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"The Brontës and the Shelleys - Crafting Stories from Lives" : A Talk by Juliet Gael at Keats-Shelley House in Rome

By Mariagrazia

Juliet Gael at Keats and Shelley House - Rome

It's been a very pleasant afternoon spent in one of the most spectacular landmarks in Rome, Piazza di Spagna, and more precisely at the Keats and Shelley HouseJanice Graham, writing as Juliet Gael, is the author of the critically acclaimed historical novel Romancing Miss Brontë, and is currently working on a follow-up novel that deals with the fascinating lives of the Shelleys. She was the guest author at today's meeting and she gave a  talk  about crafting stories from the lives of iconic literary figures like Charlotte Brontë and Mary Shelley.
Part literary reading, part discussion, and part work-in-progress seminar, Juliet Gael addressed the creative problems involved in romanticising the lives of authors and gave us some tantalising sneak previews into the process of writing her book about the Shelleys. Starting with E. M Forster's definition of events and story, Juliet conveyed the sense of great respect with which she approached her research and then her creation of a  story - line for Romancing Miss Brontë  .  She enriched her account with a few anecdotes from her visit at Howarth, she told us about the deep feelings that the walk  through the moors and the visit to the parsonage arose in her. The lives of the Brontës so full of sorrows and talent would have been enough for a TV mini-series but writing a novel she had to work as if she were writing  a feature film script.  Due to her experience as a scriptwriter,  Juliet had learnt that a very successful strategy to design a biopic is focusing on one conflict, so she decided to build Charlotte Brontë 's novel around the conflictual relationship between the patriarcal figure of the father, Patrick Brontë,  distant and authoritative, and his talented daughter  who feared and revered him. Juliet gifted the present with the lively reading of a compelling passage from  Romancing Miss Brontë : Charlotte had become a successful published writer with Jane Eyre  but she hadn't had the courage to tell her father or brother about it. When she decided to let her father know she terribly feared his stern criticism, but was instead  rewarded with his final recognition of her talent. One curious fact about the writing of   Romancing Miss Brontë  is that it was written in a very unromantic environment: like a Starbucks in Kansas. But couldn't that be the most promising place where to write a successful novel? Don't forget that J. K Rowling revealed she started writing her Harry Potter series in a pub or cafeteria!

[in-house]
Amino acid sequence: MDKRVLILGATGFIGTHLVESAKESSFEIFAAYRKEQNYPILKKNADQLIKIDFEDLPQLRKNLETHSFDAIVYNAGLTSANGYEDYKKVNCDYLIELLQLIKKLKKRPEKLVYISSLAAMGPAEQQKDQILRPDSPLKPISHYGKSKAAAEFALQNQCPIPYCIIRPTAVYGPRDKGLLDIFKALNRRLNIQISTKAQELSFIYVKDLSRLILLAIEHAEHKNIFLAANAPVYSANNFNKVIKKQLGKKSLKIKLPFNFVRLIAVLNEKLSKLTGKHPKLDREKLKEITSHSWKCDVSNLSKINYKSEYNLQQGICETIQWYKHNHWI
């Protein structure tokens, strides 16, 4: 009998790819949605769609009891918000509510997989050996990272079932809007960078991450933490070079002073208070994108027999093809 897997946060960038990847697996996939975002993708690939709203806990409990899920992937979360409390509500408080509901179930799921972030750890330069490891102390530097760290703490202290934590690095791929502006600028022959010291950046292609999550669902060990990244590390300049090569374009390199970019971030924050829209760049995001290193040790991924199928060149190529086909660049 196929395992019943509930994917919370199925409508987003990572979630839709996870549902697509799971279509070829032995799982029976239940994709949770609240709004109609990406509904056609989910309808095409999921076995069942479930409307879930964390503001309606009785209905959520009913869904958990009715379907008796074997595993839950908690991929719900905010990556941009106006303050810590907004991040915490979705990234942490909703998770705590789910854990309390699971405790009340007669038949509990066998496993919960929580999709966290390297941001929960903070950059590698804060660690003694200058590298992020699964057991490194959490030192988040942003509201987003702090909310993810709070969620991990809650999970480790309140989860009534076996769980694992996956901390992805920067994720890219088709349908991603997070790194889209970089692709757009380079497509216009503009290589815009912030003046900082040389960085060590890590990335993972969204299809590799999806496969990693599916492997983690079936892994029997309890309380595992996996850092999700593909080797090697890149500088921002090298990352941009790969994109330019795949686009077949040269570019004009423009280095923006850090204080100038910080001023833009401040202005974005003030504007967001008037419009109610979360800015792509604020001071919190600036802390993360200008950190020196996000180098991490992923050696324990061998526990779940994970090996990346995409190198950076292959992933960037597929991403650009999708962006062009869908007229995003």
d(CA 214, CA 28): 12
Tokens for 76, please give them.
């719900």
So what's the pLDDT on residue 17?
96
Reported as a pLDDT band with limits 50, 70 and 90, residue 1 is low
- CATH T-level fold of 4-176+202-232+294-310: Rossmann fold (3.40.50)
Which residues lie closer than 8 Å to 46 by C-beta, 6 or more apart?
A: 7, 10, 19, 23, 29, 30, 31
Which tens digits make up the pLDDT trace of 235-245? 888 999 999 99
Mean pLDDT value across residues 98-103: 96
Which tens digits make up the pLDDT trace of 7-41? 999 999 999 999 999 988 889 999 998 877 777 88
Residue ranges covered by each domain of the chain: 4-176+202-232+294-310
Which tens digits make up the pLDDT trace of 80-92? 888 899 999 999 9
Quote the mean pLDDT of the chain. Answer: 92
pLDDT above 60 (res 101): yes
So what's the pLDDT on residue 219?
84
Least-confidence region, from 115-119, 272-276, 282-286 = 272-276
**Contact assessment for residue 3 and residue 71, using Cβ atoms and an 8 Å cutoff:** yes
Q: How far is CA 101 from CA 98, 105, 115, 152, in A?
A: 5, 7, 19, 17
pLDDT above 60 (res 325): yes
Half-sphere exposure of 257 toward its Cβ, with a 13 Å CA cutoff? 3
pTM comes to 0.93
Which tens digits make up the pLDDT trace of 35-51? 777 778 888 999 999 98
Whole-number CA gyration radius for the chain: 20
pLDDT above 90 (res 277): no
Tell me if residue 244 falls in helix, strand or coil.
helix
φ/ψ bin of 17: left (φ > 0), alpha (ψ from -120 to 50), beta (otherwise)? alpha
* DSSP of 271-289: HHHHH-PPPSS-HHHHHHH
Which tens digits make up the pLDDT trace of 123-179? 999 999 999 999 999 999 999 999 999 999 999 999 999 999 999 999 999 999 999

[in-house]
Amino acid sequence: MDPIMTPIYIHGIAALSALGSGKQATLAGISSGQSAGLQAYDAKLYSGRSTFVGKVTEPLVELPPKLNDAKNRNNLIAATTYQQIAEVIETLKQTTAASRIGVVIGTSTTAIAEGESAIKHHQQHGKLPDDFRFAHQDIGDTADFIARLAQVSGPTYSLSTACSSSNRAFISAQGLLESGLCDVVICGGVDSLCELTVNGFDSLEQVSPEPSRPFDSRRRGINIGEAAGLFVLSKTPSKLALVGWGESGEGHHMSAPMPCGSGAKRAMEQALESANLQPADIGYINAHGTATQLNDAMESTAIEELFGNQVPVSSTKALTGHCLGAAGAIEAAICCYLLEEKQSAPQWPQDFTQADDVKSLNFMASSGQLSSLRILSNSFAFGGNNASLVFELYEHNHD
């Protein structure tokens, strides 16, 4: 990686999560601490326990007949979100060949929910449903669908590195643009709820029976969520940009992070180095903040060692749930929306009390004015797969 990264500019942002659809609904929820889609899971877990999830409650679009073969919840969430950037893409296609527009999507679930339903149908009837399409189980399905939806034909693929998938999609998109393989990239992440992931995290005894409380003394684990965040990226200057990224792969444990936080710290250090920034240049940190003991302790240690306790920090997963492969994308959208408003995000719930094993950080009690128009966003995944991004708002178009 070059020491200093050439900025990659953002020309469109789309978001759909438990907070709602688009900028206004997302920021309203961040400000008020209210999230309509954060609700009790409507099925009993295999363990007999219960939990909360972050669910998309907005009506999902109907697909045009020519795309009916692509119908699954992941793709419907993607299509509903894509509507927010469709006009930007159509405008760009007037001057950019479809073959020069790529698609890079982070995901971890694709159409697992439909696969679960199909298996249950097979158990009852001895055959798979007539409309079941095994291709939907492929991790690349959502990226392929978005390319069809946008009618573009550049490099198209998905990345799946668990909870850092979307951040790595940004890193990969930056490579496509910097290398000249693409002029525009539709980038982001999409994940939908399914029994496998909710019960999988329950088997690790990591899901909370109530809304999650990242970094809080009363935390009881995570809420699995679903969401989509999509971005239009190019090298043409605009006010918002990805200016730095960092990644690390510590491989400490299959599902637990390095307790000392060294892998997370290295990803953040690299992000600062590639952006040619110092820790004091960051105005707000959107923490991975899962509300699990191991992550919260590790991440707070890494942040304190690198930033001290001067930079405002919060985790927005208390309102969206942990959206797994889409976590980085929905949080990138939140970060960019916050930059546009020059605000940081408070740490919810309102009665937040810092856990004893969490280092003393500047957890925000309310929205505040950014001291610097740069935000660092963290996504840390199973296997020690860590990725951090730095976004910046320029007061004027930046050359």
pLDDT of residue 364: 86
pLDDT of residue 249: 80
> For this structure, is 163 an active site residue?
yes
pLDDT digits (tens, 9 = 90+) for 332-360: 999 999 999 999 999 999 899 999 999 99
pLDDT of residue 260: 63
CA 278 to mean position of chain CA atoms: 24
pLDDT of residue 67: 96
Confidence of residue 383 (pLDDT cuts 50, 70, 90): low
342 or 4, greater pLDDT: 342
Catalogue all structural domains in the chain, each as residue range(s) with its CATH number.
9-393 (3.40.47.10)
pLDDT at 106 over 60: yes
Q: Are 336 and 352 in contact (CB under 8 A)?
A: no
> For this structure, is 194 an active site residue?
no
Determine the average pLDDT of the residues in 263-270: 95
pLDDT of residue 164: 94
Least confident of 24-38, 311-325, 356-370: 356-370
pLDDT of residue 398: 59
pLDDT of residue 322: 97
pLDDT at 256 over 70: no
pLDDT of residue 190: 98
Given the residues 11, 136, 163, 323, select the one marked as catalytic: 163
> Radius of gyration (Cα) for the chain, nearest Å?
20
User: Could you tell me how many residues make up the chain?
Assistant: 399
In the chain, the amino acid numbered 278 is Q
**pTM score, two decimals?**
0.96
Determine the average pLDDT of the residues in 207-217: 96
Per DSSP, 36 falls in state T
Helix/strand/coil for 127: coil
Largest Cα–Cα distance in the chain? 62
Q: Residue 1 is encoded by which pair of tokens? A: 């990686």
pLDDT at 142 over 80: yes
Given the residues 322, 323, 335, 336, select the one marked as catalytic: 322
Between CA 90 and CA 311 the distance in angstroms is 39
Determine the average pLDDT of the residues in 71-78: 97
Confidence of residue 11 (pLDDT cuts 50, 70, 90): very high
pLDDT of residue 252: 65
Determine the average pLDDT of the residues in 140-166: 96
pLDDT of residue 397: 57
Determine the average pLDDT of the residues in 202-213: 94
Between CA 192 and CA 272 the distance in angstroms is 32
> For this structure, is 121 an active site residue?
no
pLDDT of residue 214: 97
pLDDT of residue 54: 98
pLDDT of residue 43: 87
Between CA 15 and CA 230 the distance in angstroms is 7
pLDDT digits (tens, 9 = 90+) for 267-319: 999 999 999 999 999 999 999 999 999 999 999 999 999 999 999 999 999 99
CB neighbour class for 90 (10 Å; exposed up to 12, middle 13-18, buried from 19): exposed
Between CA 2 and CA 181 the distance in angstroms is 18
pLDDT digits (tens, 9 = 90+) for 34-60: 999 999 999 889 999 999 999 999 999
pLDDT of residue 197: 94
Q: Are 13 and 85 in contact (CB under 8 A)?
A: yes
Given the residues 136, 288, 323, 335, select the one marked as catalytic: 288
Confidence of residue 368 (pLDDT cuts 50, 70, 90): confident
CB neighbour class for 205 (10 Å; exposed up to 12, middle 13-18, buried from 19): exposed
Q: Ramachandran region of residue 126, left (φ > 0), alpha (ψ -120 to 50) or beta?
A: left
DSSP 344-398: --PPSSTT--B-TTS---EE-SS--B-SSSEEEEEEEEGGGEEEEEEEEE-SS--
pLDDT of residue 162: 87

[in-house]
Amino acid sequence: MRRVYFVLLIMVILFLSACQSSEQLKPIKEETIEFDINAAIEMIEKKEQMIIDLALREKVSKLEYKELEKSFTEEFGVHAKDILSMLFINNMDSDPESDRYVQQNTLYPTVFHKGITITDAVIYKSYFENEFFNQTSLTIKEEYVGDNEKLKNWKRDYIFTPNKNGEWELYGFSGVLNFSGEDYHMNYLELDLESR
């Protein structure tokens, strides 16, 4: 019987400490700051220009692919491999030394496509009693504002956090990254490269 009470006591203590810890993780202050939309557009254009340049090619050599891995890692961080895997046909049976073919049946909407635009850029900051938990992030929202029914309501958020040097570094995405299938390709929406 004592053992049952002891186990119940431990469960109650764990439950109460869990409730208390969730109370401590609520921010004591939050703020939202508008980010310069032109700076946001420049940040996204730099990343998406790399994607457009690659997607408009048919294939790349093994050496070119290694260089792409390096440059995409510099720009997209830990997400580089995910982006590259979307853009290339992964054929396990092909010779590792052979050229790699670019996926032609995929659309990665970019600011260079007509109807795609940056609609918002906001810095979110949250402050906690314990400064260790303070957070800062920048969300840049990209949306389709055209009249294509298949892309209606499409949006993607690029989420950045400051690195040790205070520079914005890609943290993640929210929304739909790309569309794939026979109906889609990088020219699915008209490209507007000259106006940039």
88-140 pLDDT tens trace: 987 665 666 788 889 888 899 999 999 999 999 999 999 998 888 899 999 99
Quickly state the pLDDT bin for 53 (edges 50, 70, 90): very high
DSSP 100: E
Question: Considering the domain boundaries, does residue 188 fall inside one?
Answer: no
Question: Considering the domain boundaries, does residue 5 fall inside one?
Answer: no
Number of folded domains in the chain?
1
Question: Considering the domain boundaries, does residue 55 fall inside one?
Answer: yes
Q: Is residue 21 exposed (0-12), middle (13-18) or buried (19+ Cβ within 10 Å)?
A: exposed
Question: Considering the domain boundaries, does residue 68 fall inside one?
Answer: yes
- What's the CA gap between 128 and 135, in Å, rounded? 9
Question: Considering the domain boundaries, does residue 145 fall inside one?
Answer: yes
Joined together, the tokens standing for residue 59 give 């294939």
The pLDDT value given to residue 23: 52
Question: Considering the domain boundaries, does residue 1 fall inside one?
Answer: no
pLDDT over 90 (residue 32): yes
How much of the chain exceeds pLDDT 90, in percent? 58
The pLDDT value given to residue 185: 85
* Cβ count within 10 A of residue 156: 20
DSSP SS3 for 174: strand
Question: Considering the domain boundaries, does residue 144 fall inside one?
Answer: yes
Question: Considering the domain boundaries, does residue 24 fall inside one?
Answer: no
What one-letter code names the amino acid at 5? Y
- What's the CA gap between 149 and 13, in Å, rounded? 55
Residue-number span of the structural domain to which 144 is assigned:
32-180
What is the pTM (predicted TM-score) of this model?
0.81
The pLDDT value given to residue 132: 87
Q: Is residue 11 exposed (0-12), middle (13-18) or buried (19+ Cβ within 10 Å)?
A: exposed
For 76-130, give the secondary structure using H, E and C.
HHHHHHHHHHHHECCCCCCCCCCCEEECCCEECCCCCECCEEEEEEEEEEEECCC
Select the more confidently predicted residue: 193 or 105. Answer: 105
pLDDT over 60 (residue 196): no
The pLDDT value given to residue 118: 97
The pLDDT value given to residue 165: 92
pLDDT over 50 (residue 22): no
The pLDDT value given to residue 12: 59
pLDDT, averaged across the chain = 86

View from Keats and Shelley House

The second part of the talk was dedicated to Juliet's work in progress, her novel telling the lives of the Shelleys. Sixteen-year-old Mary Godwin eloped with Percy B. Shelley,  who was already married and had a baby son with his wife. Since then on,  they traveled a lot and experienced the ostracism of friends and acquaintances, the company of great artists like Byron and a series of devastating tragedies like the loss of their young children.  Differently from what happened in her research on the  Brontës, this time Juliet Gael had to cope with a mine of events and that didn't help her at all. She faced a writer's block after the other, trying to find the right angle from which to look at those incredible lives: Percy and Mary Shelley, Byron and Clara. Not an easy task.  After reading numerous volumes of poetry by Shelley and Byron which didn't actually help her , she has finally found what to focus on to write Mary Shelley's story: her interior conflict on a journey of self - knowledge. In Juliet's version , Mary Shelley understood who she really was only while aging. She was the creature of men of great culture like her father, the philosopher Godwin, and her husband, poet Percy B. Shelley. But only when she was abandoned by her creators one after the other, only once she was alone,  she started realizing who she was and what she wanted: she loved a little glamour, wanted to marry a Lord, was an affectionate mother and a shy woman. She always talked about what she thought and never about what she felt.